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research-article

COMPARISON OF TWO METHODS FOR SENSITIVITY ANALYSIS OF COMPRESSOR BLADES

[+] Author and Article Information
Robin Schmidt

Technische Universität Dresden, Institute of Fluid Mechanics, D-01062 Dresden, Germany
robin.schmidt@tu-dresden.de

Matthias Voigt

Technische Universität Dresden, Institute of Fluid Mechanics, D-01062 Dresden, Germany
Matthias.Voigt@tu-dresden.de

Konrad Vogeler

Technische Universität Dresden, Institute of Fluid Mechanics, D-01062 Dresden, Germany
konrad.vogeler@tu-dresden.de

Marcus Meyer

Rolls-Royce Deutschland Ltd & Co KG, D-15827 Blankenfelde-Mahlow, Germany
marcus.meyer@rolls-royce.com

1Corresponding author.

ASME doi:10.1115/1.4037127 History: Received May 14, 2017; Revised June 05, 2017

Abstract

This paper will compare two approaches of sensitivity analysis, namely (i) the adjoint method which is used to obtain an initial estimate of the geometric sensitivity of the gas-washed surfaces to aerodynamic quantities of interest and (ii) a Monte Carlo-type simulation with an efficient sampling strategy. For both approaches the geometry is parameterized using a modified NACA parameterization. First the sensitivity of those parameters is calculated using the linear adjoint model. Since the effort of the adjoint CFD solution is comparable to that of the initial flow CFD solution and the sensitivity calculation is simply a postprocessing step, this approach yields fast results. However, it relies on a linear model which may not be adequate to describe the relationship between relevant aerodynamic quantities and actual geometric shape variations for the derived amplitudes of shape variations. In order to better capture nonlinear and interaction effects, secondly a Monte Carlo-type simulation with an efficient sampling strategy is used to carry out the sensitivity analysis. The sensitivities are expressed by means of the Coefficient of Importance, which is calculated based on modified polynomial regression and therefore able to describe relationships of higher order. The methods are applied to a typical high pressure compressor stage. The impact of a variable rotor geometry is calculated by 3D CFD simulations using a steady RANS model. The geometric variability of the rotor is based on the analysis of a set of 400 blades which have been measured using high-precision 3D optical measurement techniques.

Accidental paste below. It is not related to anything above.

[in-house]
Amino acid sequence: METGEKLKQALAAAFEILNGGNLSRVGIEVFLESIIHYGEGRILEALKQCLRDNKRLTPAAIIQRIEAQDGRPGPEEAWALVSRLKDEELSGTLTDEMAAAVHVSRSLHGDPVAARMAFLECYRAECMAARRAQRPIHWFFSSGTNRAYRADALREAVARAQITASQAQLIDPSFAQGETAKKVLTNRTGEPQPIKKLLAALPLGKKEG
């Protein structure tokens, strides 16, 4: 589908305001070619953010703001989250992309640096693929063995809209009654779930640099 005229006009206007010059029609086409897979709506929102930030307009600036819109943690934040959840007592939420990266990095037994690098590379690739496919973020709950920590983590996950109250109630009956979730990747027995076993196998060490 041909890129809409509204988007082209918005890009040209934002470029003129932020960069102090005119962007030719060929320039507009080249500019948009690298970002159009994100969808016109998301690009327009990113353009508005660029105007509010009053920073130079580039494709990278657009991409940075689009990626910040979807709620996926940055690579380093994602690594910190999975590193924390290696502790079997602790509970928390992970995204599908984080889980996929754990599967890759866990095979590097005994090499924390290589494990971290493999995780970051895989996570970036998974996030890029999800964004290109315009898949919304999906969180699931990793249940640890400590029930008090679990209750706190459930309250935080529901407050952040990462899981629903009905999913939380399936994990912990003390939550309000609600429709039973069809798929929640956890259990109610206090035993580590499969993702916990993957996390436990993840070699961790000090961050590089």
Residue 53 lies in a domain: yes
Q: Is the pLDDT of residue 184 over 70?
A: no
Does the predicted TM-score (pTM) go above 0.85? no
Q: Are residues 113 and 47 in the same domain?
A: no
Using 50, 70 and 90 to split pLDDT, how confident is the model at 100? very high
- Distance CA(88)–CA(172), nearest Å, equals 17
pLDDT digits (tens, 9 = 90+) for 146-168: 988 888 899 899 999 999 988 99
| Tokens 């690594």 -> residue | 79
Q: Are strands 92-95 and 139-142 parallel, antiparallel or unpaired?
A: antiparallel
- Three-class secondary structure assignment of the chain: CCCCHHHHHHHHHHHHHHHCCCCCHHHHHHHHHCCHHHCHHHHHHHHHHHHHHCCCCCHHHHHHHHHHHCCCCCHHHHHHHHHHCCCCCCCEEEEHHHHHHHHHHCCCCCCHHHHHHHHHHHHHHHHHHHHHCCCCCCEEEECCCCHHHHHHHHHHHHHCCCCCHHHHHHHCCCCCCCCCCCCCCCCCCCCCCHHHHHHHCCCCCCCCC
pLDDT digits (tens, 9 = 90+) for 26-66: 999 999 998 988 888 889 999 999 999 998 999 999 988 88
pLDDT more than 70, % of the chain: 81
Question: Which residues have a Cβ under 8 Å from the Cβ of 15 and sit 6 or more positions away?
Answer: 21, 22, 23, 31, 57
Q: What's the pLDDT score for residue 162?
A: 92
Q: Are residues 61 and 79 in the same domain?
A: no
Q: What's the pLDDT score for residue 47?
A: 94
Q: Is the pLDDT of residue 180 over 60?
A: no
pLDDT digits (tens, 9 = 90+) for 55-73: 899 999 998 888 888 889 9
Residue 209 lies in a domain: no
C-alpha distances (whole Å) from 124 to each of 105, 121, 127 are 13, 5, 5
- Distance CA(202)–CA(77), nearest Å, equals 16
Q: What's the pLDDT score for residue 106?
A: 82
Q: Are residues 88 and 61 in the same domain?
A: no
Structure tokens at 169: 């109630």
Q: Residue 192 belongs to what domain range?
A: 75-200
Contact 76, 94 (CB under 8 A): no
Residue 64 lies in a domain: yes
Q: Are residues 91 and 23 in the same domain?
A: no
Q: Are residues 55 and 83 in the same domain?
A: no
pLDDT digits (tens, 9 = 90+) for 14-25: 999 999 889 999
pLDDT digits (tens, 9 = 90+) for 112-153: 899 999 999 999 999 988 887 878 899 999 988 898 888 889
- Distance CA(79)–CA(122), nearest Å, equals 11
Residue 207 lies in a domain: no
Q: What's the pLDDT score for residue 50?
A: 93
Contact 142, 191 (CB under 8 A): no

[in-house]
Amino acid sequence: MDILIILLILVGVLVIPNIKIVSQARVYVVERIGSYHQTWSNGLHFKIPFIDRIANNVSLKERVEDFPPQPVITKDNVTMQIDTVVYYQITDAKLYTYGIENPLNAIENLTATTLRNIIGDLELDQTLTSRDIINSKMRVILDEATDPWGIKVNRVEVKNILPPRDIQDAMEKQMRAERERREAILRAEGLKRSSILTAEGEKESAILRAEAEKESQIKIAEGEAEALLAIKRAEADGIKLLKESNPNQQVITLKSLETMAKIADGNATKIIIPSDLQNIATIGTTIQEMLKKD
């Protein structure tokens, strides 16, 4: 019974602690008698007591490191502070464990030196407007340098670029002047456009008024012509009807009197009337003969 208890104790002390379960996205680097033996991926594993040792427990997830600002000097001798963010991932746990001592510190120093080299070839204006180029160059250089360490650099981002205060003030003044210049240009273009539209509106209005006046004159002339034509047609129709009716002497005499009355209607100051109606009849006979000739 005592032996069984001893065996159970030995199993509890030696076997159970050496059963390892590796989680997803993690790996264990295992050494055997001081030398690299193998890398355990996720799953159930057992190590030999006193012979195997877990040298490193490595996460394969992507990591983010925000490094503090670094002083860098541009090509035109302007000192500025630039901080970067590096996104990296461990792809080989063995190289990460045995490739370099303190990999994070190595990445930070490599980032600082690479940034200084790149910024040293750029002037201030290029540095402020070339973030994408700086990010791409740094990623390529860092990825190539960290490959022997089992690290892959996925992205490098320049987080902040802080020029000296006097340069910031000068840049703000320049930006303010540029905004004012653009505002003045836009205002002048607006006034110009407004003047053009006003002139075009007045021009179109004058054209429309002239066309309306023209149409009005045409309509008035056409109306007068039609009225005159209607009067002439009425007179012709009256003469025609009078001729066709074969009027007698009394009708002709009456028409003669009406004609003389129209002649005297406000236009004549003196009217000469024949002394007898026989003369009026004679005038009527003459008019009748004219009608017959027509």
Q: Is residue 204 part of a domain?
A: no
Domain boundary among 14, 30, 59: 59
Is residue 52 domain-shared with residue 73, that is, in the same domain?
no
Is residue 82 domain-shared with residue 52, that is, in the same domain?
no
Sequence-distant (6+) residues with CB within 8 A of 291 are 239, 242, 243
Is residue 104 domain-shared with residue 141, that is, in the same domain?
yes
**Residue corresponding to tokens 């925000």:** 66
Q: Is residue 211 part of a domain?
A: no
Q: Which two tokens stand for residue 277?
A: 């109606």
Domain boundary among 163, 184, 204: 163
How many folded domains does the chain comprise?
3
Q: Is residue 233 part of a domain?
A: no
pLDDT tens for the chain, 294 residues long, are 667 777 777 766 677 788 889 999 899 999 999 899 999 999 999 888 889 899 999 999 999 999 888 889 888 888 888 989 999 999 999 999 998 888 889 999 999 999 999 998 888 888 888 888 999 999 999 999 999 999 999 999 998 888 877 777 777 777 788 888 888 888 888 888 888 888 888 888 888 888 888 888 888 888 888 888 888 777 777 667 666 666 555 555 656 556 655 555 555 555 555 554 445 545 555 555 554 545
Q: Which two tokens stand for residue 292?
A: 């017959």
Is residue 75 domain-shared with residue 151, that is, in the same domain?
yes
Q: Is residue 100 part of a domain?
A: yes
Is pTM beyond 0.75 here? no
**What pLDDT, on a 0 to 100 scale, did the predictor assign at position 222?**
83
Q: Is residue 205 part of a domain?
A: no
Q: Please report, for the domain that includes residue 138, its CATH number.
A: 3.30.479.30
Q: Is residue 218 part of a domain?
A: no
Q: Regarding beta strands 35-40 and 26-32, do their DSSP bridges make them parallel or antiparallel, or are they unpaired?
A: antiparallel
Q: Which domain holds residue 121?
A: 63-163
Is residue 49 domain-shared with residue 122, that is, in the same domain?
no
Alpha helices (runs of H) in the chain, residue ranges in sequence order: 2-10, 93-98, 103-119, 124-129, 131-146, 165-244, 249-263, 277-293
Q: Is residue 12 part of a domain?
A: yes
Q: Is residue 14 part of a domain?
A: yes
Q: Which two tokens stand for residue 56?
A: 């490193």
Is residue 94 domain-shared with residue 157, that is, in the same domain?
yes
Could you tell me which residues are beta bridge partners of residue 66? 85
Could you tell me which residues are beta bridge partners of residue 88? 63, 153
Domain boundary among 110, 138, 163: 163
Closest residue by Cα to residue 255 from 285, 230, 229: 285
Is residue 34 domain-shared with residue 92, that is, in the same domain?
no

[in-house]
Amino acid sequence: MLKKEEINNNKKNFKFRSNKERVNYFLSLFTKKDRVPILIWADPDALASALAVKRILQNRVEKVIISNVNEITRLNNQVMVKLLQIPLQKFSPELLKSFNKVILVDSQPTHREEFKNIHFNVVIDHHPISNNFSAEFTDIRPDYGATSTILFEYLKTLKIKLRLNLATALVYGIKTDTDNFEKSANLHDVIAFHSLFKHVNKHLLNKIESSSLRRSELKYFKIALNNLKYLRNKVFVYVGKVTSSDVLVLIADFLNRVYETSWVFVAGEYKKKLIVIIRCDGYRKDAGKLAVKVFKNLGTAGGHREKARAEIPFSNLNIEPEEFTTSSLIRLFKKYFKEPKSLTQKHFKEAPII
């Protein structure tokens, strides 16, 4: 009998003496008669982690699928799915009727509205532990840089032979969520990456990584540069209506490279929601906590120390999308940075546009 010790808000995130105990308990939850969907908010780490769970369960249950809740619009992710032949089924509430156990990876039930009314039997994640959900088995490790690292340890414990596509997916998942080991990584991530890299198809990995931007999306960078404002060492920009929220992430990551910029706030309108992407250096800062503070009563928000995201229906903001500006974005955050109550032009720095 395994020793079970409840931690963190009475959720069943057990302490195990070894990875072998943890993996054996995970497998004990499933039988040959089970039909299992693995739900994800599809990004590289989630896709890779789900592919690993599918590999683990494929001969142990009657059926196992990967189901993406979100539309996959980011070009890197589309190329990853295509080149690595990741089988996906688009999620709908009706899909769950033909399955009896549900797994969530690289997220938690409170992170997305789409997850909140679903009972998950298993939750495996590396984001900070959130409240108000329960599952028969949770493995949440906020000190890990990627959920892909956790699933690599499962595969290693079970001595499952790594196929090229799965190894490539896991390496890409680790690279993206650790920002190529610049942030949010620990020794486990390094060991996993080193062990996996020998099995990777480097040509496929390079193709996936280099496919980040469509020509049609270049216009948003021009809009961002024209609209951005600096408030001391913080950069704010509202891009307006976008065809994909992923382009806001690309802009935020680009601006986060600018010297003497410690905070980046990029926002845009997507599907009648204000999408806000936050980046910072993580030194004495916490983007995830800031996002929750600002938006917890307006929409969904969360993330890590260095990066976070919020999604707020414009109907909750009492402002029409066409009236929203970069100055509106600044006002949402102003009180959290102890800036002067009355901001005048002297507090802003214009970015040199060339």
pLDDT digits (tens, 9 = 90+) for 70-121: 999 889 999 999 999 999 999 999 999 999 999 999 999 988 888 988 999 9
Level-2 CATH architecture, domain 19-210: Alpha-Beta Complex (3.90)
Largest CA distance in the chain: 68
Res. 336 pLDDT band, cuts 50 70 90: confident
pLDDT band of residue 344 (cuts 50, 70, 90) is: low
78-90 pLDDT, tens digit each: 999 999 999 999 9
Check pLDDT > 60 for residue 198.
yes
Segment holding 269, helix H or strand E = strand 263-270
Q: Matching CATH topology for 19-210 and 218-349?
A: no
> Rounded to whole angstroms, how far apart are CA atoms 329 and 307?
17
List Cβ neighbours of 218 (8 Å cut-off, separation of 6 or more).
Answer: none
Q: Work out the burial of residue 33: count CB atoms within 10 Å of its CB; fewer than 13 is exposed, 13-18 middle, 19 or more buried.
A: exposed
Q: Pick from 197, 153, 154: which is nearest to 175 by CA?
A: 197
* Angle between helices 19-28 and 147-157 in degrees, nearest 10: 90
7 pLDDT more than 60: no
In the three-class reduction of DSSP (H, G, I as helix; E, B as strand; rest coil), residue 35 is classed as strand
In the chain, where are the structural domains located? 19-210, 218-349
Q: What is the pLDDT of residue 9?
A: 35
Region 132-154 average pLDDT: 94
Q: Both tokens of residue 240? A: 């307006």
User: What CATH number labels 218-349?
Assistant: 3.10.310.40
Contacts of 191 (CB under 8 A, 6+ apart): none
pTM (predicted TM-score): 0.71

Rolls-Royce plc
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